Need motivation to get through another dreaded week at your soul-sucking job? There’s no shortage of cool stuff to do in Madison… it’s just figuring out which cool stuff best suits you. Here’s what Madison is doing this week.
‘The Boss Baby’
Monday, May 27, Memorial Union Terrace (info)
Celebrate Memorial Day with a America’s favorite baby… Alec Baldwin! The Boss Baby stars the actor as a whip-smart baby with a briefcase who’s actually a spy on a super-secret mission that involves an epic battle between puppies and babies. The screening kicks off this summer’s Lakeside Cinema series.
Tuesday, May 28, Warner Park (info)
Baseball returns to Madison as the Mallards take on the Kokomo Jackrabbits in the Northwoods League season opener. The Ducks also play at home twice more this week: Kokomo again on Wednesday, and Wisconsin Rapids on Thursday. But opening night is your only chance to get a free bottle of hand sanitizer at the gate, courtesy of SSM Health. That blows Wednesday’s pen giveaway out of the water.
Tuesday, May 28, The Winnebago (info)
Local comedian Esteban Touma comes highly recommended. The host of The Moth in Madison, he’s been featured on NPR and opened for the likes of Michelle Wolf and Judd Apatow, with the latter calling him “hilarious.” Closing the night is Charlie Kojis, a Madison-based road warrior who won Madison’s Funniest Comic in 2016. Hosted by Tennessee transplant Will Byrd, this stand-up showcase also features Jake Snell, Elijah Holbrook, Colin Bowden and Regan Niemala.
Wednesday, May 29, The Sylvee (info)
In a musical sense, there isn’t much Tash Sultana can’t do. The Australian musician plays a wide array of instruments, from guitar and drums to flute and sax, and uses it all for a laid-back take on psych rock. A former busker, Sultana is now one of the fastest-rising members of a potent Australian indie rock scene that includes Tame Impala and Courtney Barnett. Sultana released Flow State, their debut LP, in 2018. With fellow Aussies and identical twins The Pierce Brothers, a folk duo.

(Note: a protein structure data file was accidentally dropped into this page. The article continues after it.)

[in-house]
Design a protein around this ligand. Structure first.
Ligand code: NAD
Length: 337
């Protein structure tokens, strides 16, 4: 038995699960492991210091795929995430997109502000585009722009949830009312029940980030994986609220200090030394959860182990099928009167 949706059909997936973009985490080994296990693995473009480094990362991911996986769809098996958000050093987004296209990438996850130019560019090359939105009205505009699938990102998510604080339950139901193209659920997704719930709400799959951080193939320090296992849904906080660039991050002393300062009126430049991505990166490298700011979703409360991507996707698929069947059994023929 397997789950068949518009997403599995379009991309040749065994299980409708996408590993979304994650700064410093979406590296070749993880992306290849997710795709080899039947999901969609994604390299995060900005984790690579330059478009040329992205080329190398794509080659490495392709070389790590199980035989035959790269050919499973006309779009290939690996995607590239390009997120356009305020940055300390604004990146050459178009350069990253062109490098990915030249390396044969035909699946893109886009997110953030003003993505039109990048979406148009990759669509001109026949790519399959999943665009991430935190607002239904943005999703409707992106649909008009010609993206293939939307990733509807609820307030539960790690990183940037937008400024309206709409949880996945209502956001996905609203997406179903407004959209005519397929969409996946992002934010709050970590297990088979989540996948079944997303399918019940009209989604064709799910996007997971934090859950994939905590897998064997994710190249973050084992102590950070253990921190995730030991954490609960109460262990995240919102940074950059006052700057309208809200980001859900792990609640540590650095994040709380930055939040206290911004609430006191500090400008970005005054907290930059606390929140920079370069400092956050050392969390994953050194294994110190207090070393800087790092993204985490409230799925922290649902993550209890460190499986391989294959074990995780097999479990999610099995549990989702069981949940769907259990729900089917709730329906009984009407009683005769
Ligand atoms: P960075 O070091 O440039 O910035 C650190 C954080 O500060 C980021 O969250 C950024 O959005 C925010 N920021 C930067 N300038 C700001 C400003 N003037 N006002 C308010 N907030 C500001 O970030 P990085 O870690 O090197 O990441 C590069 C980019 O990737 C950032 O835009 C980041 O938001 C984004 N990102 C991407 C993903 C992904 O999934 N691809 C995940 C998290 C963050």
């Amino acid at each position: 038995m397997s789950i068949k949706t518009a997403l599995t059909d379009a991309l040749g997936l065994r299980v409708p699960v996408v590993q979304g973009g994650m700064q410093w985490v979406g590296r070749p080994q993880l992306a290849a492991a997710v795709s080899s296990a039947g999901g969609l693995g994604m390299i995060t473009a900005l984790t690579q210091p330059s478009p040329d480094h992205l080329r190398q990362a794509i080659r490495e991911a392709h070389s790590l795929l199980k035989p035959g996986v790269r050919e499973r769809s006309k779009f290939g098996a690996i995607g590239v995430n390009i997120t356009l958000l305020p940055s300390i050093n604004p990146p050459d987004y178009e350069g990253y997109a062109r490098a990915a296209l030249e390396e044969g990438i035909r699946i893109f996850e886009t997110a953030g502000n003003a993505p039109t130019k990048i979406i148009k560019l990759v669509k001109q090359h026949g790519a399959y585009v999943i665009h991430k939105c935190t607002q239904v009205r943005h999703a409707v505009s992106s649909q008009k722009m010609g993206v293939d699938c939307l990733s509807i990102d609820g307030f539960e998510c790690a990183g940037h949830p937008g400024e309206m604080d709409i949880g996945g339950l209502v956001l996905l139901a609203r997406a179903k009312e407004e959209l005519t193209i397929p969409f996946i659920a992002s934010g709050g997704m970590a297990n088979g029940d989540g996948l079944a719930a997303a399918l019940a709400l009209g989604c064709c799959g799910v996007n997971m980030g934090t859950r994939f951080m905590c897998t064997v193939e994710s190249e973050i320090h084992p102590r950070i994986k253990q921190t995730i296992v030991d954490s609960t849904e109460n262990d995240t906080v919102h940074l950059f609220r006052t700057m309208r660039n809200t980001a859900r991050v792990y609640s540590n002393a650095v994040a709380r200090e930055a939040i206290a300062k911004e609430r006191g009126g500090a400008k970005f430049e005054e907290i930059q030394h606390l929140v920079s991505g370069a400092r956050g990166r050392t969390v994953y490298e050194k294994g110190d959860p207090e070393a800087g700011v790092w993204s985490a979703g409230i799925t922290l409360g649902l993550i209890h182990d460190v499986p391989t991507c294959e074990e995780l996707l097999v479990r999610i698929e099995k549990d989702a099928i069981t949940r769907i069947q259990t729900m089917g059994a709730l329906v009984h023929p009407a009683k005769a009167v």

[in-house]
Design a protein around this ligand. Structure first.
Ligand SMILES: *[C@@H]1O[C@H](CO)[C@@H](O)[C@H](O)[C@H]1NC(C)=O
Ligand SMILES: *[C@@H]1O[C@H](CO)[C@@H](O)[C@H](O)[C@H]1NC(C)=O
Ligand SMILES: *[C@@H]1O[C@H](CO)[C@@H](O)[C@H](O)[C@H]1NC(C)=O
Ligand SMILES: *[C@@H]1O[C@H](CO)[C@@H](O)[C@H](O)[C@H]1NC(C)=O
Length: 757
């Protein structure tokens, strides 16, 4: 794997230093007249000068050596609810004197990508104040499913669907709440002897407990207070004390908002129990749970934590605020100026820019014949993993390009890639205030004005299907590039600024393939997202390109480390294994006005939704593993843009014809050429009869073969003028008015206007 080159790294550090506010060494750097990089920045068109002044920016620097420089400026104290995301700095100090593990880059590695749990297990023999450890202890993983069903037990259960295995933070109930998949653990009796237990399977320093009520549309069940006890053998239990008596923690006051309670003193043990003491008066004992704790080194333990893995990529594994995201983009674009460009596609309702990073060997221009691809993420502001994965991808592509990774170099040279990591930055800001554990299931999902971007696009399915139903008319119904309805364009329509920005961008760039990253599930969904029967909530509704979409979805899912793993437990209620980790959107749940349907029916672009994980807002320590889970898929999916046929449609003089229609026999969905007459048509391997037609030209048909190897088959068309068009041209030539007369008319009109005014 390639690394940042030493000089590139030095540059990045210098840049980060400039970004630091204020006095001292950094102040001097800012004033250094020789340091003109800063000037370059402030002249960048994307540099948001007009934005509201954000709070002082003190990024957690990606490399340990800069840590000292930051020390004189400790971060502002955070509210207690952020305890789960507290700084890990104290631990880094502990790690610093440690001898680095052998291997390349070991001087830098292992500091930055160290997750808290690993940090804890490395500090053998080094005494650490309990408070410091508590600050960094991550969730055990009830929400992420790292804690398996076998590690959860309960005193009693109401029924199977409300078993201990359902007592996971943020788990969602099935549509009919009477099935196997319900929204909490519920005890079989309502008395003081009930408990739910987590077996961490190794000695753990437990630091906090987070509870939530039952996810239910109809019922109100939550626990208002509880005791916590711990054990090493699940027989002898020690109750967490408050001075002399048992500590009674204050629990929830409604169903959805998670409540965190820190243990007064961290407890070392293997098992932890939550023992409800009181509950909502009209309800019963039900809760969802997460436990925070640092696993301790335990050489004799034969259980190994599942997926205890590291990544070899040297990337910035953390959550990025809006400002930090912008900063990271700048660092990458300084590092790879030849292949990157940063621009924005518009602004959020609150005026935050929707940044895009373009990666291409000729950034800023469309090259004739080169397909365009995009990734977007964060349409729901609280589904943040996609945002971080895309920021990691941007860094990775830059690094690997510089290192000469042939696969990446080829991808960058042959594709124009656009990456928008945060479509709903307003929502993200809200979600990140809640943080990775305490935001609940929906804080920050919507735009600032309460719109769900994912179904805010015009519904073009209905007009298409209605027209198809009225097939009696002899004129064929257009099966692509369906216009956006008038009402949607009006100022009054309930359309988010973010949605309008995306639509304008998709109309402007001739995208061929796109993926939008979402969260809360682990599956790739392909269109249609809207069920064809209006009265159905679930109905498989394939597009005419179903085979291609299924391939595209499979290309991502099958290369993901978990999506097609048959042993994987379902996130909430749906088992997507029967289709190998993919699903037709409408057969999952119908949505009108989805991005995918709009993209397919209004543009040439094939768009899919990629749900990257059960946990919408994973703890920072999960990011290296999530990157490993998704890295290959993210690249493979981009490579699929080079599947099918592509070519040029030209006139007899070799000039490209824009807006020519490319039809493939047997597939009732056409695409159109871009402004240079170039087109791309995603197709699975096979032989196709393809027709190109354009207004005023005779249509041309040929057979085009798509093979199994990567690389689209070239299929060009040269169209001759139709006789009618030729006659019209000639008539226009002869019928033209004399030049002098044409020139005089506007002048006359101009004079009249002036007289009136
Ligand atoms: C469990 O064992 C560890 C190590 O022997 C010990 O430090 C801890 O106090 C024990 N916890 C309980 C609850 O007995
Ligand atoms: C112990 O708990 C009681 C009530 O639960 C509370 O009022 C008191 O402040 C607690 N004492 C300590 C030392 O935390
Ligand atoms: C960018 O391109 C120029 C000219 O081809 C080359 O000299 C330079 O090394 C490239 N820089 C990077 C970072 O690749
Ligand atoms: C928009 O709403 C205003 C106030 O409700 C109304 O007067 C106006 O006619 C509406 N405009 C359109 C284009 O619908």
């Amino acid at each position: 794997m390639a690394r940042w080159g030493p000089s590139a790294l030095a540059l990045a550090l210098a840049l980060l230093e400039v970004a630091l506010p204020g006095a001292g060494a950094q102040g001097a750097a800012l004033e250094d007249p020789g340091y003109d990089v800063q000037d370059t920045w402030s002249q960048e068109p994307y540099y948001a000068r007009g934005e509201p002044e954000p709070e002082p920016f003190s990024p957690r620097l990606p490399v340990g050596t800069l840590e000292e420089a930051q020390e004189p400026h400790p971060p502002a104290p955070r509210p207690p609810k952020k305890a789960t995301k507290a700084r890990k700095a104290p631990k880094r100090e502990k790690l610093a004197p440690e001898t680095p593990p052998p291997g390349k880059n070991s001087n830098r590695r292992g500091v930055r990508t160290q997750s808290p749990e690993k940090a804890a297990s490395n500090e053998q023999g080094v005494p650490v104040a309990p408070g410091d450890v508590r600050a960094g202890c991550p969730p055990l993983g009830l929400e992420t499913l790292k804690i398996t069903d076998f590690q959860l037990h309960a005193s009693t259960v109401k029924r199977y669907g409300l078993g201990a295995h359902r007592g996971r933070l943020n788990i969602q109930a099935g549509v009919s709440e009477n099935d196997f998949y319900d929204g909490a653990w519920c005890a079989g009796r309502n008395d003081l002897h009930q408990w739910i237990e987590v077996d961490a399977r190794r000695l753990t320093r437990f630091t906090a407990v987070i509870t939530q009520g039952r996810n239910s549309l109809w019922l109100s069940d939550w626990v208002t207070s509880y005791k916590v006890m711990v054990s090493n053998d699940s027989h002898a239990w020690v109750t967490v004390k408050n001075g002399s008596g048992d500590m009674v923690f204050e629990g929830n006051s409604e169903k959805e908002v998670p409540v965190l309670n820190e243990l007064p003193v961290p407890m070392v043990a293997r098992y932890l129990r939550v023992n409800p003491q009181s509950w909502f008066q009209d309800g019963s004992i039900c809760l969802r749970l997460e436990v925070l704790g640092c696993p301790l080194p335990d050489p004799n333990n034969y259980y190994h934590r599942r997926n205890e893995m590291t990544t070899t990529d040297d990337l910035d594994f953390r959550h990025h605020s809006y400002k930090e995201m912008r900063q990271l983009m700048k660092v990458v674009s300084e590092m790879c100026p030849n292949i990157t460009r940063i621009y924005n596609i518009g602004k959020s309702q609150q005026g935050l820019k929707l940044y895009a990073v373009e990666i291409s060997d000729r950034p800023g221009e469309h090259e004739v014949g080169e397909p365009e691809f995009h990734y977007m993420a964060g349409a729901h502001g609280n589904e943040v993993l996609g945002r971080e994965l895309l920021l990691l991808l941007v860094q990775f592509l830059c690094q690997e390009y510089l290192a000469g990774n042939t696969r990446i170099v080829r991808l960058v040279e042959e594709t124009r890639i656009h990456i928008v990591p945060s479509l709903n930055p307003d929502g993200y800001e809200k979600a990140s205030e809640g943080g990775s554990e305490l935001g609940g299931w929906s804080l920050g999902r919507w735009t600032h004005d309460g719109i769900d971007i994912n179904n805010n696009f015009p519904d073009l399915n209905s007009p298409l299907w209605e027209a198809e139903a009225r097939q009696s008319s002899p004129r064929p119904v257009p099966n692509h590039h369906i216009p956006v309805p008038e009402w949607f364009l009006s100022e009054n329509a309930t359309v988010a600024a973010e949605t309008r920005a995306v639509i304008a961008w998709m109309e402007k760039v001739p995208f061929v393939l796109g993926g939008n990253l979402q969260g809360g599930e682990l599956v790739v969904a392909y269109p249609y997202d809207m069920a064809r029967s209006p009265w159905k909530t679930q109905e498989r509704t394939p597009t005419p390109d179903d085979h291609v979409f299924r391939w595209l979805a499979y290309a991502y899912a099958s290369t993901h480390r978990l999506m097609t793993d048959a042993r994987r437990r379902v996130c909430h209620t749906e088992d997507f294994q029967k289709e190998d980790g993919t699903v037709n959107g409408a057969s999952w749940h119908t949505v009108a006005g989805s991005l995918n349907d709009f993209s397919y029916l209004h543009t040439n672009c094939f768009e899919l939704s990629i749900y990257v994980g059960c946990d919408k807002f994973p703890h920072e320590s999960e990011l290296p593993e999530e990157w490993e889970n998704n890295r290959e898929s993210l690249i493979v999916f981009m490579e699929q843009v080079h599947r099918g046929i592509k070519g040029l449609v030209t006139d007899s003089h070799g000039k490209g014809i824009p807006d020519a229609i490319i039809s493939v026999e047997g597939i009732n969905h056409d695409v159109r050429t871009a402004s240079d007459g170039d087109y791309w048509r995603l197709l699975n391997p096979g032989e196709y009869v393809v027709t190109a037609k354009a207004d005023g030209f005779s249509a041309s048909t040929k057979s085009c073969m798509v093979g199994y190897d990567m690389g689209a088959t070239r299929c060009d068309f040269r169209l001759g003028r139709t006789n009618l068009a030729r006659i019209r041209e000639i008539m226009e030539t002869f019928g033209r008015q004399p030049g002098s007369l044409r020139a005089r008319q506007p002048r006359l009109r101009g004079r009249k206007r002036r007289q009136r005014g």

‘Touch of Evil’
Wednesday, May 29, Marcus Point Cinema (info)
The late filmmaker Orson Welles is one of the most famous Wisconsinites ever. A Kenosha native, Welles is best known for the landmark Citizen Kane, and also up there is his final acting role, voicing a planet-eating robot in 1986’s Transformers: The Movie. But his final Hollywood production as a director, Touch of Evil, is nothing to scoff it. Its opening sequence is one of the most iconic shots of all time, and it remains one of the finest examples of film noir to this day. After this screening, Cap Times film critic Rob Thomas will be on hand to discuss the film.
Thursday, May 30, High Noon Saloon (info)
Formerly of Madison, Slow Pulp relocated to Chicago last year. The psych-tinged indie punk quartet recently made its “true debut” with an EP called Big Day. (It’s the first to officially feature Emily Massey as the band’s primary vocalist.) And if Big Day sounds a bit giddy, that’s on purpose; it’s meant to filter the world through a child’s enthusiasm. This show marks the kickoff of a tour with headlining Minnesotan emo heroes Remo Drive. That band will release its sophomore album, Natural, Everyday Degradation, on May 31. Wisconsin emo throwback Slow Bullet rounds out the bill.
Thursday, May 30, Communication (info)
Bunny Love is a project as talented as it is mysterious. It’s hard to find much information online about Bunny Love, other than that it’s a bedroom project and is entirely home-recorded. It’s like Guided by Voices-level prolific, with a Bandcamp overflowing with intensely personal songs. Also on the bill is indie pop crew Combat Naps, oddball rap outsider Willy, and the reverb-heavy indie rock of Red Pants.
‘No Small Matter’
Thursday, May 30, Barrymore Theatre (info)
In a time where misinformation has reached a near-dystopian level, education is more important than ever. This documentary explores early childhood education and its necessity to kids’ development. The first five years, it stresses, are the most important. And if that hasn’t sold you, did we mention the screening is free?
Thursday through Saturday, May 30-June 1, Comedy on State (info)